Joseph made breakfast and tea, then spilled it.
This sentence may state what is happening in a story, but it doesn’t evoke much emotion in the reader. The empathy comes and goes as quickly as the words pass through the mind. It’s a good example of a “tell” sentence that gives a reader the knowledge of what happened without any action or character. It can often be difficult to find the perfect balance between “showing” and “telling,” and I am definitely no expert. I struggle with this so much. I am probably one of those writers that spends way too much time showing the unimportant details of the story and telling the important ones. But I’ve been working on it by doing an exercise that can help. It’s helping me learn how to show everything, then when I get the hang of that, I’ll pair down and tell the more unimportant things or find simpler ways to show them.
This exercise/method is called telescopic text. It can help you find the small but important details of the story or scene.
A brief summary of telescopic text:
Write a super simple “tell” sentence. Then slowly expand it.
Joseph made breakfast and tea, then spilled it.
Joseph made pastries and Earl Grey tea, then spilled it.
Joseph made pastries and Earl Grey tea. After burning himself, he dropped the pastries and tea on the floor.
Joseph made s’mores pastries and Earl Grey Tea. He impatiently took a bite just after the pastries were done in the microwave, and burnt his tongue. Then he dropped his breakfast on the floor.
And you continue doing this until your story can pull the emotion you desire out of your readers.
How does the following story compare to the opening sentence “Joseph made breakfast and tea, then spilled it because he was tired”?
Joseph woke up, his left arm dead and tingling from having rolled onto it during the night. He slipped on his house shoes—on the wrong feet—and stumbled through the hallway to the kitchen. He grabbed the kettle and threw on the tap, slowly raising and lowering his head and his right arm up and down with the weight of sleep and the filling kettle. He went to heat the water, sloshing water across the counter as he accidentally tipped the spout. He turned to the cabinet and grabbed a box of s’mores flavoured pastries and a tin of Earl Grey tea. He popped a couple packets of his sugary breakfast onto a plate and into the microwave. Then he reached for a mug, set it on the counter, put a single bag in it, and wrapped the tag around its handle.
The microwave dinged, and Joseph grabbed his food, immediately picking up a pastry and taking a bite. He opened his mouth and let the bite fall back to his plate, the heat of the filling burning his tongue. Instead of trying another bite like his stomach wanted, he waited for the kettle to boil. He stared through the glass as the bubbles formed and started to rise to the top, almost lulling him back to sleep. The sudden click and sharp beep of the kettle made him jump and his still numb left arm slammed against the bottom edge of the counter. The distant pain crawled its way to his brain as he filled his mug and set a timer.
Three minutes later, he turned off the timer his vibrating phone and took out the bag of tea. Grabbing the tea in his right hand and the pastries in his left, he started to walk to the table. But as soon as the plate left the counter, his arm dropped, and the sweet s’mores filling landed on the floor. He stepped over the dropped breakfast, set his mug down, grabbed a couple new packets, and decided to carry them cold and wrapped to the table. Having picked his tea back up, he took a few shuffling steps before the toes of his house shoe snagged on the corner and his body sprawled through the air and onto the limonium along with his tea and second set of breakfast.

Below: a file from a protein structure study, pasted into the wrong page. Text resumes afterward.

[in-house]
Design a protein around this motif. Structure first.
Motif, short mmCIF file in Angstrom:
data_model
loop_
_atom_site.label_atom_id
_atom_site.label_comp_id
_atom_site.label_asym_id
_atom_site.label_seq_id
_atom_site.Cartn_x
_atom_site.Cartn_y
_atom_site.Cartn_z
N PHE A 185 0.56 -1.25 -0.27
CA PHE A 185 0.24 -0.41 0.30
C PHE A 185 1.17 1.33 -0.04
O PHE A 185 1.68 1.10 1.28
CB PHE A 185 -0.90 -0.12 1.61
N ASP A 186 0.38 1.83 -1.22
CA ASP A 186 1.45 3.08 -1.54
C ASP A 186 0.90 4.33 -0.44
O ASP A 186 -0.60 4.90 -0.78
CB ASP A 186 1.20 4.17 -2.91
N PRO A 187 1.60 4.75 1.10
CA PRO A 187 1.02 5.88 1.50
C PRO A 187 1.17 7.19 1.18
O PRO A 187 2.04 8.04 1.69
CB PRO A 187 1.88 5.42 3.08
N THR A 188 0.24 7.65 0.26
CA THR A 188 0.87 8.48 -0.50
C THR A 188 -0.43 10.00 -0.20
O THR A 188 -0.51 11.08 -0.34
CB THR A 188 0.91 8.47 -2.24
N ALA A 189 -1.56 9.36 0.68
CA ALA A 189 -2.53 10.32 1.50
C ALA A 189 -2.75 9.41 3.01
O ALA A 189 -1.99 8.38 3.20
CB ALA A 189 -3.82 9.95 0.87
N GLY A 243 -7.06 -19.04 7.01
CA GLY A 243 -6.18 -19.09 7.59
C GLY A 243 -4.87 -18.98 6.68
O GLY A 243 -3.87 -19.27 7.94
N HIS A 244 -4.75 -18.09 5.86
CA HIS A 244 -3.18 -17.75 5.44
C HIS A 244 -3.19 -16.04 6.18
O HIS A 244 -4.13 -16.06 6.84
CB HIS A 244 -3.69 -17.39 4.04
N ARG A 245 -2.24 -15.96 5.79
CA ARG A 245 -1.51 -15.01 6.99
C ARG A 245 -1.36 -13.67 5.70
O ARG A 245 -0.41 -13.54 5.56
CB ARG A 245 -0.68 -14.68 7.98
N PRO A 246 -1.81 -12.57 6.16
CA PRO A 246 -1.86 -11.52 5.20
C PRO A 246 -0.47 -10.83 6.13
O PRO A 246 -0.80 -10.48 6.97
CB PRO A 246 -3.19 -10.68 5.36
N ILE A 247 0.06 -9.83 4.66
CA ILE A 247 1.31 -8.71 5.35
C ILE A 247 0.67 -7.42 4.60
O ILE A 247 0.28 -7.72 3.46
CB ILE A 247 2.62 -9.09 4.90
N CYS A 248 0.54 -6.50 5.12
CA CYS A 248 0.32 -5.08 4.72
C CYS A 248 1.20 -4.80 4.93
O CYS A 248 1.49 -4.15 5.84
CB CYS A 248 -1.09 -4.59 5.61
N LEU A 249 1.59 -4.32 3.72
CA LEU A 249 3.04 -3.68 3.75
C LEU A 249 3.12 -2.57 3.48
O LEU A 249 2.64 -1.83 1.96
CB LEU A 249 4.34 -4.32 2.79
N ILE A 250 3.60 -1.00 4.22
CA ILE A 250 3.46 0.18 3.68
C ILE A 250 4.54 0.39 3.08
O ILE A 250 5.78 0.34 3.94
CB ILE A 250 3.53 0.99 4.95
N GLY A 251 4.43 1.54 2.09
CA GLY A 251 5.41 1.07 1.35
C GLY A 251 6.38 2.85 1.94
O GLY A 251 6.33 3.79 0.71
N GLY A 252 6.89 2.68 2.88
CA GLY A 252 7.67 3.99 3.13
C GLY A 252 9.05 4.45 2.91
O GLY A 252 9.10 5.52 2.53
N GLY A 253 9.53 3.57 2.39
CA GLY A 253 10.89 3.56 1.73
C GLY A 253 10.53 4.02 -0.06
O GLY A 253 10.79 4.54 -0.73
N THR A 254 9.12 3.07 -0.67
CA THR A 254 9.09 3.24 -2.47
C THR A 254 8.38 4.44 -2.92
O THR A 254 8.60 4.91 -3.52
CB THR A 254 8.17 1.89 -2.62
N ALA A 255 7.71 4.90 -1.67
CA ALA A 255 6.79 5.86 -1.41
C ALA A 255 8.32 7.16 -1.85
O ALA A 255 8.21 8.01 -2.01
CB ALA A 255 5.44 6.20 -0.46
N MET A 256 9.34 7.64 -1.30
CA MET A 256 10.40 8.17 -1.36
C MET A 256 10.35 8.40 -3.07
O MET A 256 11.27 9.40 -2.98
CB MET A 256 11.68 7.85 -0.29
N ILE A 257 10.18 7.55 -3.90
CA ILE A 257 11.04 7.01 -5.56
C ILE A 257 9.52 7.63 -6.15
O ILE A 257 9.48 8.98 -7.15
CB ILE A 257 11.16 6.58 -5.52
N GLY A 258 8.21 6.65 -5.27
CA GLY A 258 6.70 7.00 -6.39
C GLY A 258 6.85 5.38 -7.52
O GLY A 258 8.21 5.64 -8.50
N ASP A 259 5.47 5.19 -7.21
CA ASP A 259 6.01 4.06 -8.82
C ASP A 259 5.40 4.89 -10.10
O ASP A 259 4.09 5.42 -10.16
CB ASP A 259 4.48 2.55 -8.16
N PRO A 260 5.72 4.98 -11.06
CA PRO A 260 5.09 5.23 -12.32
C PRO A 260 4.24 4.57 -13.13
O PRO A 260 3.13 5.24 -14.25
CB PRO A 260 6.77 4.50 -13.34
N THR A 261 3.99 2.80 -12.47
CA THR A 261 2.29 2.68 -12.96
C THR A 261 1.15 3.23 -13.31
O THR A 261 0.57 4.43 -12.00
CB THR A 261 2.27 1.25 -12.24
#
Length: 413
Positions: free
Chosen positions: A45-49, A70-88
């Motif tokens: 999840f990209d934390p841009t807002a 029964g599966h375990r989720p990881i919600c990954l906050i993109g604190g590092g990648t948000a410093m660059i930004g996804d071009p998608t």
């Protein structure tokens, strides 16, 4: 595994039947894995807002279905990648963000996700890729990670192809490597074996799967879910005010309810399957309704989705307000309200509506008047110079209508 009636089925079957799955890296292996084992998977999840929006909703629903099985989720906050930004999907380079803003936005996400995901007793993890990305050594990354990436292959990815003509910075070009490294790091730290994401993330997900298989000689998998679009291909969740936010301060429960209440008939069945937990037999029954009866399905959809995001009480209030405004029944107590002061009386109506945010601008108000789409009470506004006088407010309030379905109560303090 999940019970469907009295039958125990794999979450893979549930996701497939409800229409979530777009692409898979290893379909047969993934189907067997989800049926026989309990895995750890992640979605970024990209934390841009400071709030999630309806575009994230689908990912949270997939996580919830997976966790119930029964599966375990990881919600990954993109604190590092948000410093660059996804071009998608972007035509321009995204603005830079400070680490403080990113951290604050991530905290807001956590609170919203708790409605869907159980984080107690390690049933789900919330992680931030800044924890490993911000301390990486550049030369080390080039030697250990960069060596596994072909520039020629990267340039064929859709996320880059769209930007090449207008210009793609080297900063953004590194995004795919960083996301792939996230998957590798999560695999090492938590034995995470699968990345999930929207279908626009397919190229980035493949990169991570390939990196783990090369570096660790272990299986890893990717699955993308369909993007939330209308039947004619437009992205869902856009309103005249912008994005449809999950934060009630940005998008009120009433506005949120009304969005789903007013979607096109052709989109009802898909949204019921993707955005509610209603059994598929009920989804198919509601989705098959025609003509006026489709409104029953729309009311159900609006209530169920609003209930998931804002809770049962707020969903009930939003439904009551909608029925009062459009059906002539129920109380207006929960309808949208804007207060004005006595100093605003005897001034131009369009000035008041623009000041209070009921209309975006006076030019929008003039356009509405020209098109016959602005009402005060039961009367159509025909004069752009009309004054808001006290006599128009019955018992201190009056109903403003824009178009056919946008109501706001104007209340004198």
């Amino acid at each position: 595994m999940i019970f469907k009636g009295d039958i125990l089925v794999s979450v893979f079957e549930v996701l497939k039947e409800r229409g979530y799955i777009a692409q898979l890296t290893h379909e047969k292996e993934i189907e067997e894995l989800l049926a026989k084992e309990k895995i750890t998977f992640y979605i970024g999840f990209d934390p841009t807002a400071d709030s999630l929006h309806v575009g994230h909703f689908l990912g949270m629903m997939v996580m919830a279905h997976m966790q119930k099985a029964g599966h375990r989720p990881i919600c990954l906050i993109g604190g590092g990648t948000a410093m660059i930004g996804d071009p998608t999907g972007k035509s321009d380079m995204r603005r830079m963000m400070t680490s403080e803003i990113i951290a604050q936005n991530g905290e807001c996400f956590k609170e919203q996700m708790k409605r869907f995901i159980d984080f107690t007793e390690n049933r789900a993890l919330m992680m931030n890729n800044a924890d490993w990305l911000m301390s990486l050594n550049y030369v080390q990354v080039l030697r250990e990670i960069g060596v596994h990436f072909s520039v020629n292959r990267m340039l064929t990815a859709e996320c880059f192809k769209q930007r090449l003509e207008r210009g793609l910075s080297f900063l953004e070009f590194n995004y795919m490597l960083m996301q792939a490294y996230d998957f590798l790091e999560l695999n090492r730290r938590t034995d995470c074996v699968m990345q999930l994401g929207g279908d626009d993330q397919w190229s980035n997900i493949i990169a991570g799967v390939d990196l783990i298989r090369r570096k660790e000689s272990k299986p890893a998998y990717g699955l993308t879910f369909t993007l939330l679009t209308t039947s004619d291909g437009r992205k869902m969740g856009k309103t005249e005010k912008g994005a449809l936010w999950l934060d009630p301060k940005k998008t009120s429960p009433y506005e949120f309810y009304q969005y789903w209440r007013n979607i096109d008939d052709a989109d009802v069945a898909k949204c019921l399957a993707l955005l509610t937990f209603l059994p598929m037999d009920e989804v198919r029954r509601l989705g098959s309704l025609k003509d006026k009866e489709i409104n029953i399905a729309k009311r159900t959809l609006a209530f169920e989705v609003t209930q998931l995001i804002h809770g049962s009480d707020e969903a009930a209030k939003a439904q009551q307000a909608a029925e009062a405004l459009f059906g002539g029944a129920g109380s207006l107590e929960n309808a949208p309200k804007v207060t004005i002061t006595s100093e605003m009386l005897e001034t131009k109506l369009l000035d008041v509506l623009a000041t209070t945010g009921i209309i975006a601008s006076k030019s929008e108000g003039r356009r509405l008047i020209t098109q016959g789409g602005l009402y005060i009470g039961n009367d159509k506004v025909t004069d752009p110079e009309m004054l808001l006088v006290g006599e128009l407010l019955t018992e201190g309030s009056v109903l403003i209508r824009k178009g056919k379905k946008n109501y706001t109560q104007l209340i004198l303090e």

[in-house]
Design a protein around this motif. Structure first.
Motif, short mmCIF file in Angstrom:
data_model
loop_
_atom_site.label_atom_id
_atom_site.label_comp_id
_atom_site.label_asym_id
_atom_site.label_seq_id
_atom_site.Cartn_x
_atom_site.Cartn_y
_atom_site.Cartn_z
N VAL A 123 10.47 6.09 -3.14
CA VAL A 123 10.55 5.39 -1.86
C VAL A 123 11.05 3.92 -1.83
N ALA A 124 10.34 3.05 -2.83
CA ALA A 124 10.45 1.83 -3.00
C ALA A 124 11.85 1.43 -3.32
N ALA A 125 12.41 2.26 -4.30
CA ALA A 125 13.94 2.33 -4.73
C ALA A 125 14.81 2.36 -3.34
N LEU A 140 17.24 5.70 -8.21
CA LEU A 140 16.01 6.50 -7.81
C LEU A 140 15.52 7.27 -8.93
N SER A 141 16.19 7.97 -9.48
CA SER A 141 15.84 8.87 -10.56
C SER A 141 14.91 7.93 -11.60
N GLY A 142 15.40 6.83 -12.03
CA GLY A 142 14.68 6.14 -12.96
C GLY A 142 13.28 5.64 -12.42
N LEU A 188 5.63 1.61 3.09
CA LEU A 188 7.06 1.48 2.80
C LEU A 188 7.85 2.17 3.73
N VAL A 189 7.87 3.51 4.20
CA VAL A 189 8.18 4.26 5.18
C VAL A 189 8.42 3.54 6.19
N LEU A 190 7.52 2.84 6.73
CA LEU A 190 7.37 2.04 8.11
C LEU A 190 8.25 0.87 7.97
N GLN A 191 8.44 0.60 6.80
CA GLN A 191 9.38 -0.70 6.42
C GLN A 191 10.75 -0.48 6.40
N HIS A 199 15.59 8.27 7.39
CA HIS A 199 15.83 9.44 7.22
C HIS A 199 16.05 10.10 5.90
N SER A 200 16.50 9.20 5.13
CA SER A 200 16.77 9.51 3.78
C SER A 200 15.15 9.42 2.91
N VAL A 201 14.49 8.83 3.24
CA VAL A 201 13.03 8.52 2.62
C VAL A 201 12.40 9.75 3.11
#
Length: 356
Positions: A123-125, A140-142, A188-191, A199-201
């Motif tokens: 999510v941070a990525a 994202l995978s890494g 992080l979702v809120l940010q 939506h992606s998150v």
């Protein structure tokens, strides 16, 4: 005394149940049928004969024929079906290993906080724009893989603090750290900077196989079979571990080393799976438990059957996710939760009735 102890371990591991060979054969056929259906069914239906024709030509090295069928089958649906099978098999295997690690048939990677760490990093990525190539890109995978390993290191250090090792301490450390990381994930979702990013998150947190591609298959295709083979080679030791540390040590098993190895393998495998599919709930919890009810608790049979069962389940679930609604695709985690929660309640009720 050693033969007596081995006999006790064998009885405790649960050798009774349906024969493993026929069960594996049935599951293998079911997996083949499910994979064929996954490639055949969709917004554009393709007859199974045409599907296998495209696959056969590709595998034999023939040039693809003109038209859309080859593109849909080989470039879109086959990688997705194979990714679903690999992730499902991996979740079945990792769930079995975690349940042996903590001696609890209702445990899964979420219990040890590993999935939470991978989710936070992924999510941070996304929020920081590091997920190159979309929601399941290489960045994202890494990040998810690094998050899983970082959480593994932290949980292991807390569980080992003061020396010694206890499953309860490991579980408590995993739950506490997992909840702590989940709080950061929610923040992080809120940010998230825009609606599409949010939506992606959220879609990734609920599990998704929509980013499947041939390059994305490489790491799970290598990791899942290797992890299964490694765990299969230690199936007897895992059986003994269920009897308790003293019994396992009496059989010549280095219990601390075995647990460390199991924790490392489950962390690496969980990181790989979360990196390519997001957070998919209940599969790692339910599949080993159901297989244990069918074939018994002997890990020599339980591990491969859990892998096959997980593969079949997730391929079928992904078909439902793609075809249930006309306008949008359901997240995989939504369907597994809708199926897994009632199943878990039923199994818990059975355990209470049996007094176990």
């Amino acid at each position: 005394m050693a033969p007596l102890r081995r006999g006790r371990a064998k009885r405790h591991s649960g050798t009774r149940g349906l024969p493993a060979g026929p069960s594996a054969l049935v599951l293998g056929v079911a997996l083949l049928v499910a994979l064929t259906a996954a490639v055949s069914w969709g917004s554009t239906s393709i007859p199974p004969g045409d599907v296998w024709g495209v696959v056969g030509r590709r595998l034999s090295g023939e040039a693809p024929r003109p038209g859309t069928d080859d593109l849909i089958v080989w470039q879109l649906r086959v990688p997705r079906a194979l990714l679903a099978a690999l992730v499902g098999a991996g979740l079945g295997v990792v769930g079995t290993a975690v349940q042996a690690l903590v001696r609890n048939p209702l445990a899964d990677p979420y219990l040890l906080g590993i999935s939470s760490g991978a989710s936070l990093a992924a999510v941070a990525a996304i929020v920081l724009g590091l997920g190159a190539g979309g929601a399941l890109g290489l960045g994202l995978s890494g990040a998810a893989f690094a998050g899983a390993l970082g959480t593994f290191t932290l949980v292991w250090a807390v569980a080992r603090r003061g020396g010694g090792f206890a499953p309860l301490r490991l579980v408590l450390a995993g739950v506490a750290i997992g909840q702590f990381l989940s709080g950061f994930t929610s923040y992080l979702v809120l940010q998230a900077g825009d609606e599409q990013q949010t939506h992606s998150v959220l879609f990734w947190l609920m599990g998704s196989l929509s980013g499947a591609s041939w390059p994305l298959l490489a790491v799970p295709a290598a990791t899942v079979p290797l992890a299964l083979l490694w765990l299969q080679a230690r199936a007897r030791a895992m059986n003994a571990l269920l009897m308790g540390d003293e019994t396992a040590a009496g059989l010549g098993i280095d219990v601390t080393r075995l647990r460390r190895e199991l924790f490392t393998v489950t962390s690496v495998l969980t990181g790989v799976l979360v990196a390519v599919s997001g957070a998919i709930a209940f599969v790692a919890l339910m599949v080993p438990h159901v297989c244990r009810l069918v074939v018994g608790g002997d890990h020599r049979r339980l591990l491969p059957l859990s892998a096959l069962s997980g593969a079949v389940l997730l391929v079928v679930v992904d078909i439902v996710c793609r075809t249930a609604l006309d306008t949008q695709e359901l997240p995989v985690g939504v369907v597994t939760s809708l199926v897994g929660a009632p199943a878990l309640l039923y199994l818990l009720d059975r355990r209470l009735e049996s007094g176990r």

There is so much more detail, and it conveys more emotion than the single sentence story I opened with. The small details are what can help bring out more emotion and help you show what’s happening instead of just stating it.
The small details in a story can become major plot devices. Use small, previously unthought of details about the environment, characters’ appearances, characters’ personalities, or props to bring about big moments and changes in the story.
I used his arm being asleep and his houseshoes being on the wrong feet as plot devices. But I wouldn’t have thought of those small details without starting off with the large picture and then working my way down into the tiny details. But as you can tell, there are details that I could have left out because they didn’t hold enough importance to the story. Sometimes those details are nice to read. Others, they are a bit cumbersome and confusing.
Learning to use telescopic text to expand your story and give the interesting information, no matter how small it may be, can easily lead you to overloading your readers.
My advice on learning the balance is this:
- Figure out what you what the reader to get out of the scene.
- Figure out what the character needs to learn from the scene.
- Decide what needs to happen in the scene.
- Use telescopic text.
- Find the little details that will add to the ambience and/or the plot.
- Get rid of the unnecessary bits.
It can be difficult to pair down on the writing that you have done. You spent time and energy creating the phrases, the worlds. Sometimes the details or sentences you need to get rid of to help the story are the things you like most about your writing. If that’s the case, have another document open to save all the bits that you aren’t keeping. They might come in handy or inspire another piece one day. Use discretion, ask critique partners for advise, and take time to edit. After all, it is your story. Write it how you think is best.
What’s your favourite exercise to practice show-not-tell?
Any advice on how to use small, important details in stories?
Let me know in the comments below!